Mountain Directory: A Guide For Truckers, RV And Motorhome Drivers

Introducing the Mountain Directory Ebooks!

There is an old saying among over-the-road truckers. “There are two kinds of drivers — those who’ve been in trouble on a mountain grade, and those who will be.” Unfortunately, this also applies to many RVers. Trucks and RVs have similar problems regarding weight, engine power, and braking in mountainous terrain.

Imagine yourself descending a mountain grade in your RV. You didn’t know there was such a long, steep grade on this highway. What a surprise! And things are not going well. You have a white-knuckle grip on the steering wheel. The engine is not holding back all of this weight, the brakes are smelling hot or even smoking, you’re pushing harder on the brake pedal but your speed keeps increasing. All you can see ahead is more mountain. Your mind is racing through all of the available options and none of them are good. “I’ve got to do something,” you say “or I’m not going to make it.” The options include: run into the rock wall, go over the side, hit those trees, or see if you can make the next curve and ride it out. You choose the last option and, if you are lucky, you make it to the bottom in one piece. You pull over and while you are waiting for your heart to stop pounding, you wipe the sweat from your face and you notice your shirt is soaked, your mouth is dry, and your hands are shaking. You are thinking, “If I had known it was going to be like that………….”

“Many truckers have had the frightening experience of cresting a mountain grade too fast and wondering if they’ll be able to stop at the bottom. Richard Miller is one of them. After a thrilling descent into Camp Verde Valley, AZ in 1993, he decided to do something about the lack of information on many mountain grades. The results of his efforts are two excellent resources: Mountain Directory West and Mountain Directory East. Each contains maps showing the location of grades and detailed information about them, including the height of the summit, length and steepness of grades, severity of curves, location of escape ramps, and signage.” Truckers News

VITAL INFORMATION FOR ANYONE DRIVING A LARGE OR HEAVY VEHICLE

In an attempt to make mountain driving a little safer for truckers and RV’ers, R&R Publishing Inc. has been collecting and steep gragepublishing information about mountain passes and steep grades since 1993. The Mountain Directory Ebooks give the locations and descriptions of over 700 mountain passes and steep grades in 22 states. The Mountain Directory ebooks tell you where the steep grades are, how long they are, how steep (%) they are, whether the road is two lane, three lane, or four lane, if there are escape ramps, switchbacks, sharp curves, speed limits, etc. With this information, one can know ahead of time what a pass is like and make an informed decision about whether to go over or around. If you decide to go over, perhaps the cool morning hours would ease the strain on the engine and transmission during the climb. Unhooking the towed vehicle would make the climb and the descent easier. Knowing what lies ahead is half the battle.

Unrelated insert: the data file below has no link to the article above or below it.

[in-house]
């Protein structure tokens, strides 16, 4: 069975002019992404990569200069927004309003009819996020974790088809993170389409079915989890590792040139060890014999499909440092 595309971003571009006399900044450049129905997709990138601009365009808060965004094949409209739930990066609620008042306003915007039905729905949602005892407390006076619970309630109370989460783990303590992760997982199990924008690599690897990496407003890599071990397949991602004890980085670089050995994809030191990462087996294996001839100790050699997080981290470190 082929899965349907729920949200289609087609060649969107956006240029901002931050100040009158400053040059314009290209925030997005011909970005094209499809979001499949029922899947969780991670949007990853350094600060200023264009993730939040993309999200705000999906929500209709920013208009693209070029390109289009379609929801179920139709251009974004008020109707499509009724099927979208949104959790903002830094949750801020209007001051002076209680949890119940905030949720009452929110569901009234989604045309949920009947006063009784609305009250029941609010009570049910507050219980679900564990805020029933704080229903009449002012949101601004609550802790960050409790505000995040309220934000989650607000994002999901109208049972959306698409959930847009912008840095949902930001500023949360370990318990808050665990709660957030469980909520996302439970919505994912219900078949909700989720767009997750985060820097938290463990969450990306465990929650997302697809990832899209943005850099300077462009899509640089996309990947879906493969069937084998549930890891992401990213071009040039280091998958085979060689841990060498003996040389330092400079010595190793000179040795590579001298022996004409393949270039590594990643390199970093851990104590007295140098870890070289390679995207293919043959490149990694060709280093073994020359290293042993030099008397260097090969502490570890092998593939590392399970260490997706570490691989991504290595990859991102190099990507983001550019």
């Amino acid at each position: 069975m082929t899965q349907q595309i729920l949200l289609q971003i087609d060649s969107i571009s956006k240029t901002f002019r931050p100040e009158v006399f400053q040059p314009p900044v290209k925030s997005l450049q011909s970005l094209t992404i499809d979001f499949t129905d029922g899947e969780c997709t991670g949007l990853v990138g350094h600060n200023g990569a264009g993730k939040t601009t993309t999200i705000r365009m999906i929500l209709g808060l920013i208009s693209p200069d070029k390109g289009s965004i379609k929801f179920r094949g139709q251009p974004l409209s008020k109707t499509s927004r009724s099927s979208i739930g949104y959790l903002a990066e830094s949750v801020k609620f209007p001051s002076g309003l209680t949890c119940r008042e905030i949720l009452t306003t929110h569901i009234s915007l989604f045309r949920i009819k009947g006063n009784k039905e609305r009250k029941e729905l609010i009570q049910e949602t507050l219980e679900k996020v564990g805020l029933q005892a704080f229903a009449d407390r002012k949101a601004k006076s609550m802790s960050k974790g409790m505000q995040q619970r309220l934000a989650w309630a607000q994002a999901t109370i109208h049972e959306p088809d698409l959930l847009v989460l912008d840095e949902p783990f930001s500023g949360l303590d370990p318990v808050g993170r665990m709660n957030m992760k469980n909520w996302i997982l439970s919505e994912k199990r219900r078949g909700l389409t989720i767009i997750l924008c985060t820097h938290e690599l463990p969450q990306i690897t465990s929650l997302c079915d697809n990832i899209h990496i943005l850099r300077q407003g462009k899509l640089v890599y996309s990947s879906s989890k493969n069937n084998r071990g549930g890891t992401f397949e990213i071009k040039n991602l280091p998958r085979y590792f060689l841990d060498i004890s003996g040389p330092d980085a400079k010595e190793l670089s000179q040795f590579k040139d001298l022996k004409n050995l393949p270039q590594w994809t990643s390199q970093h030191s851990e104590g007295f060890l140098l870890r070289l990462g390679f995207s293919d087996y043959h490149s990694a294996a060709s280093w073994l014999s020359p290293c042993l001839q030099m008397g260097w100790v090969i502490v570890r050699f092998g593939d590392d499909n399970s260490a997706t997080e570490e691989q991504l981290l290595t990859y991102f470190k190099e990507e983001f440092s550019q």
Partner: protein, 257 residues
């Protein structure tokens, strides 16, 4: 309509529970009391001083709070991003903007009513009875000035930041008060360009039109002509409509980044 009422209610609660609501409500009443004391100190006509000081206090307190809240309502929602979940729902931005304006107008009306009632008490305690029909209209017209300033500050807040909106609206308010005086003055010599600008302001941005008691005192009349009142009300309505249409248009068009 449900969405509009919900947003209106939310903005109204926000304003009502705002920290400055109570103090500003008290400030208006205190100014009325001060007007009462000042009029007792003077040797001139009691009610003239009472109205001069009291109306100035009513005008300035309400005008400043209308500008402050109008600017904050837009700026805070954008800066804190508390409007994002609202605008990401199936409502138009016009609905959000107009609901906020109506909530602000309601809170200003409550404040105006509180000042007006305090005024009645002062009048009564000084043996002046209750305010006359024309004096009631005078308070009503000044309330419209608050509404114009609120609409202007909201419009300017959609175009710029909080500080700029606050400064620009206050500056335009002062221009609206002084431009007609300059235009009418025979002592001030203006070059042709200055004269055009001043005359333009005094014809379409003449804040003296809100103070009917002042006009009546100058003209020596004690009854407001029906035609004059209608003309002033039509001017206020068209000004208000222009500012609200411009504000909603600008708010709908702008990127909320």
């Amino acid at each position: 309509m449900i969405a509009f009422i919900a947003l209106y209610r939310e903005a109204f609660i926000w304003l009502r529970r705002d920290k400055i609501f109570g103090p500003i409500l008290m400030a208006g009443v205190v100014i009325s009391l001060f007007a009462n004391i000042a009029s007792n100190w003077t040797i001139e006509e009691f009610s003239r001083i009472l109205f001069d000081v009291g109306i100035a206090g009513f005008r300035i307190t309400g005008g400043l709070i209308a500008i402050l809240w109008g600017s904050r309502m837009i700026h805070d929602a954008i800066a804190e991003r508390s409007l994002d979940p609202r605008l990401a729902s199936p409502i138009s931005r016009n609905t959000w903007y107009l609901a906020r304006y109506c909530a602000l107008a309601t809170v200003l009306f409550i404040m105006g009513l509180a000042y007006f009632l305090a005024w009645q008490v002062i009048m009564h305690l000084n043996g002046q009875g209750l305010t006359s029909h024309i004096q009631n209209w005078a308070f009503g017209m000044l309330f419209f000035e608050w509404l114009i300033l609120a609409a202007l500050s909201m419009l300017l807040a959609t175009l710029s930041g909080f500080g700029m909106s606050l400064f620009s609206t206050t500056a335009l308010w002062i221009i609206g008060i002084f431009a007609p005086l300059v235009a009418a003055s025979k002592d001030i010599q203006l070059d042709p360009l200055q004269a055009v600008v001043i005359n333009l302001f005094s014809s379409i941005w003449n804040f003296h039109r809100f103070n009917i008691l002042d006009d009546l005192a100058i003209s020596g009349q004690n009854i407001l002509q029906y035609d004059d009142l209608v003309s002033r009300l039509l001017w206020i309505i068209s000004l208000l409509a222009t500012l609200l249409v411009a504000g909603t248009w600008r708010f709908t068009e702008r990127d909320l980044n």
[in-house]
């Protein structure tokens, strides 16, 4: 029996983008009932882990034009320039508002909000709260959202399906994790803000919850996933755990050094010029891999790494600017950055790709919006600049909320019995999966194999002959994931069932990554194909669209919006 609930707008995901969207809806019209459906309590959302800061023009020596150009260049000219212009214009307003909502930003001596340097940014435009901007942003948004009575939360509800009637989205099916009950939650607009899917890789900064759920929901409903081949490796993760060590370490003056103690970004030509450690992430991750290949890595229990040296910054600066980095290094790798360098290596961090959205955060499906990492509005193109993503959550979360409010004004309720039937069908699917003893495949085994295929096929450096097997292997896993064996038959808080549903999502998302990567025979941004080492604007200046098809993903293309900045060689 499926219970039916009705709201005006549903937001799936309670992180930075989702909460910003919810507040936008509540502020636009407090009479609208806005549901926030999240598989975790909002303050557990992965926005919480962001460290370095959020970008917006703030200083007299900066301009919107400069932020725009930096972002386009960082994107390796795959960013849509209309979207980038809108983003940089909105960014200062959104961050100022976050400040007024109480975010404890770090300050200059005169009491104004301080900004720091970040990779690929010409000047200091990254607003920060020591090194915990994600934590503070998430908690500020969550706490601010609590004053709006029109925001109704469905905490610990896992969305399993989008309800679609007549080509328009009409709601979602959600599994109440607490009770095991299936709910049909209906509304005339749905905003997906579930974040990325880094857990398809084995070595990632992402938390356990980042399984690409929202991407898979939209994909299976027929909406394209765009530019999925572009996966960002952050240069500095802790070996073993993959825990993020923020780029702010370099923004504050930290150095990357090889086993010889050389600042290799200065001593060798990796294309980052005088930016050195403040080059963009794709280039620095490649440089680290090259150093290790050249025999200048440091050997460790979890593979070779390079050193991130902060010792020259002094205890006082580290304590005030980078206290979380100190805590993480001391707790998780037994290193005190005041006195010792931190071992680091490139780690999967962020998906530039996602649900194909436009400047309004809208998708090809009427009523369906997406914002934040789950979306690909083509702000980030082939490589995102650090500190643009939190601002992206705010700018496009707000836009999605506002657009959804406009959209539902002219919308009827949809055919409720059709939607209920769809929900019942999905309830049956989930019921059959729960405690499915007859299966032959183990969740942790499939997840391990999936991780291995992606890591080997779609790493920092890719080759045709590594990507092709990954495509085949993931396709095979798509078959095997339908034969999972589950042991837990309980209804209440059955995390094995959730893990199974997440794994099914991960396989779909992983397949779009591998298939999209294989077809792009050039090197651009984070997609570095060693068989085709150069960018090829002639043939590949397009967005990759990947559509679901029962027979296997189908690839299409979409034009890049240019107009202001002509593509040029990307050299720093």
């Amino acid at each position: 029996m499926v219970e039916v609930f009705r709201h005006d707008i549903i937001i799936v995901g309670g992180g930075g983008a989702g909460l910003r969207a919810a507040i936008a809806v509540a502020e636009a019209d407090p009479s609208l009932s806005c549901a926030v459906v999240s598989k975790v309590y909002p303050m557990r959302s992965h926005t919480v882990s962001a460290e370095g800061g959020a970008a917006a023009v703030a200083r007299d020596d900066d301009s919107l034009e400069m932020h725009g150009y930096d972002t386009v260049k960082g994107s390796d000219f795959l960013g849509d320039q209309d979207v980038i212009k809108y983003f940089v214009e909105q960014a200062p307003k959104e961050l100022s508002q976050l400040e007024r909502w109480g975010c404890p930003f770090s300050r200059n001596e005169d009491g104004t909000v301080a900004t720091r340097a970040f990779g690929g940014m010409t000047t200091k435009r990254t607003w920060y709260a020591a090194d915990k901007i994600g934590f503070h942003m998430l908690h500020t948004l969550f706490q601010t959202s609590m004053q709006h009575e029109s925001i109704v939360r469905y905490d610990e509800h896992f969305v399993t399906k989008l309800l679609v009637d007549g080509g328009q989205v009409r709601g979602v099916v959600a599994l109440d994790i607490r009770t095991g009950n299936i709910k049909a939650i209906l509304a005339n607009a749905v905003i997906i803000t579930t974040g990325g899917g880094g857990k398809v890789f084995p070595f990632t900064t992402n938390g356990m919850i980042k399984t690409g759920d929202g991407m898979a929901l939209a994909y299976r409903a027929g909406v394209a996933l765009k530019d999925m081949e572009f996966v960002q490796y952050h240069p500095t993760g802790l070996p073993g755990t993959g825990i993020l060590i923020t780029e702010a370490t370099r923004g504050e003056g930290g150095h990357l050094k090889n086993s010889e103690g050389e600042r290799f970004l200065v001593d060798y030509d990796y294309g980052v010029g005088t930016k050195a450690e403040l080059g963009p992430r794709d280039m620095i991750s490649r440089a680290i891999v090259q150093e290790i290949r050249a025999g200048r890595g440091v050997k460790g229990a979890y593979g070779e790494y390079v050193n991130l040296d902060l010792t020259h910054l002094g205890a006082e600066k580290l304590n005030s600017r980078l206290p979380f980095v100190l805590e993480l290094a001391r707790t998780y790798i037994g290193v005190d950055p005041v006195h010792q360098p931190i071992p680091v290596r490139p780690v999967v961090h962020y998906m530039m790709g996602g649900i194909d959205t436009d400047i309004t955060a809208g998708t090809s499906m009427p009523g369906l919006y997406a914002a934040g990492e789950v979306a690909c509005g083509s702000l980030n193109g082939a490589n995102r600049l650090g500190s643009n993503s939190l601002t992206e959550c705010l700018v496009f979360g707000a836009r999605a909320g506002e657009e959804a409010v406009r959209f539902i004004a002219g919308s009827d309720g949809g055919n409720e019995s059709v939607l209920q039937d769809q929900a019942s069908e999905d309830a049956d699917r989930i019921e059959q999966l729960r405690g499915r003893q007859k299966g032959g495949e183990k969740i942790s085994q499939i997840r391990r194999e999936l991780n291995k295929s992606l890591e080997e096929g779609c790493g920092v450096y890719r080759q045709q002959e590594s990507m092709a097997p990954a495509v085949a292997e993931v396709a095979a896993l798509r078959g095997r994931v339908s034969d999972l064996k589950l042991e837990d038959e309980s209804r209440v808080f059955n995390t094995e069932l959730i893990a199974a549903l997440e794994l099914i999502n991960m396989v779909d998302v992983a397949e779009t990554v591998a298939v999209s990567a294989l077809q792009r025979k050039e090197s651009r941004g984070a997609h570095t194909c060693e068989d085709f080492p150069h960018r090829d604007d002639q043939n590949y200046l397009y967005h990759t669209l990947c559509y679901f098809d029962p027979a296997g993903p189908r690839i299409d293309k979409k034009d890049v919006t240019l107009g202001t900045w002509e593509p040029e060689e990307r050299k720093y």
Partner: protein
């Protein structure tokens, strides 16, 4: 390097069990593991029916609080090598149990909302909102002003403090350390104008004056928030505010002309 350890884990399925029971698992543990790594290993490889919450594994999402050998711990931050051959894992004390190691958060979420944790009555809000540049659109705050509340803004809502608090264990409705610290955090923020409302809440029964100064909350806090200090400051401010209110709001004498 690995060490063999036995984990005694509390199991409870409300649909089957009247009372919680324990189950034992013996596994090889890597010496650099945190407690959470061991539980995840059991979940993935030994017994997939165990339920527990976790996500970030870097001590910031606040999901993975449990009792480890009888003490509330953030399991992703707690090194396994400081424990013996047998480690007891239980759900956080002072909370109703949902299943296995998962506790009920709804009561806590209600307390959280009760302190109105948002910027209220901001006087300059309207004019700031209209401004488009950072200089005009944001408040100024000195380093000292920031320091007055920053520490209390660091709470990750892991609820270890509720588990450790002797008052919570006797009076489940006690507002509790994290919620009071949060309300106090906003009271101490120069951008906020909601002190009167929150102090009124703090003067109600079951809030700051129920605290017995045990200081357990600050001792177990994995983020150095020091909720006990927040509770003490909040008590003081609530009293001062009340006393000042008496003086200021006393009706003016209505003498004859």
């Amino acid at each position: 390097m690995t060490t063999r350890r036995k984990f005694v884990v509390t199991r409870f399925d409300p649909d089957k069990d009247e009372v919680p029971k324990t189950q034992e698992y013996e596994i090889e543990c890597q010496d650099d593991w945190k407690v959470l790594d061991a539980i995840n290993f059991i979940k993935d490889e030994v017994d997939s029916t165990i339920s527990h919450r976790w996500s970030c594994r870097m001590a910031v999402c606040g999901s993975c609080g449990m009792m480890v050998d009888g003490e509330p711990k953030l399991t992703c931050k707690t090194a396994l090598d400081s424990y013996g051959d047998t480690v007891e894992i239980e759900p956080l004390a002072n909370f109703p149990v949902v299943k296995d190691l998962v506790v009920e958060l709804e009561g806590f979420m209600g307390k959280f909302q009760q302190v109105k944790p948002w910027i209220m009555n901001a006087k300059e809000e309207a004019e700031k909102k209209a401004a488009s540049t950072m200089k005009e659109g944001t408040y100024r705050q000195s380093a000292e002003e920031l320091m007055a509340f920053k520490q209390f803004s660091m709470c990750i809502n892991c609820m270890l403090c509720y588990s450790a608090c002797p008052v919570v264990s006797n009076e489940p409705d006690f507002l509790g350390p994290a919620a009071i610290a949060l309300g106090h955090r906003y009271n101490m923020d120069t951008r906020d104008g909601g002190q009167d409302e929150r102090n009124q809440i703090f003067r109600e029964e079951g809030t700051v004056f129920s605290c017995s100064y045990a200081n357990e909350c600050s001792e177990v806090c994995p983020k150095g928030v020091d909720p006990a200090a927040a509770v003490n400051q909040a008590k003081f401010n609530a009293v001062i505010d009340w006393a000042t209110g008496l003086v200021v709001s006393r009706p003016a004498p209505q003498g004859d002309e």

The printed versions of the Mountain Directory books had almost 240 pages of text and color relief maps. All 240 pages are in the downloadable versions of the Mountain Directory ebooks. Nothing is missing. In the printed versions, mountain pass locations were marked with a yellow triangle on the color relief maps.  In the ebook versions, you can click on the yellow triangles and the text appears that describes that location.

Sample from the Virginia/Kentucky East section
of the Mountain Directory East:

Virginia Kentucky East map4. US 33 (between Harrisonburg, VA and Judy Gap, WV.)

There are three summits along this stretch of US 33. The eastern summit is between Rawley Springs, VA and Brandywine, WV.  The east side is 4 miles of 8 to 9% grade. The west side is 4½ miles of 9% grade and both sides have continuous sharp curves and hairpin turns.  The highway is two lane on both sides.

The middle summit is between Oak Flat and Franklin, WV. The east side of this hill is 2½ miles of 8% with 25 mph curves.  The west side is about 3½ miles of much milder grade.  It is 4 to 5% over most of its length. There are some sharp curves near the bottom.  The road is two lane on both sides of the hill.

The western summit is between Franklin and Judy Gap, WV.  It is 5 miles of steady 9% grade on both sides.  Both sides are two lane with sharp curves and hairpin turns.  Use caution on this road.

BE SAFE AND CHECK OUT THIS EBOOK TODAY

Directories

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Travel with safety – safety from knowledge and information about navigating through the Mountain Grades and Terrain.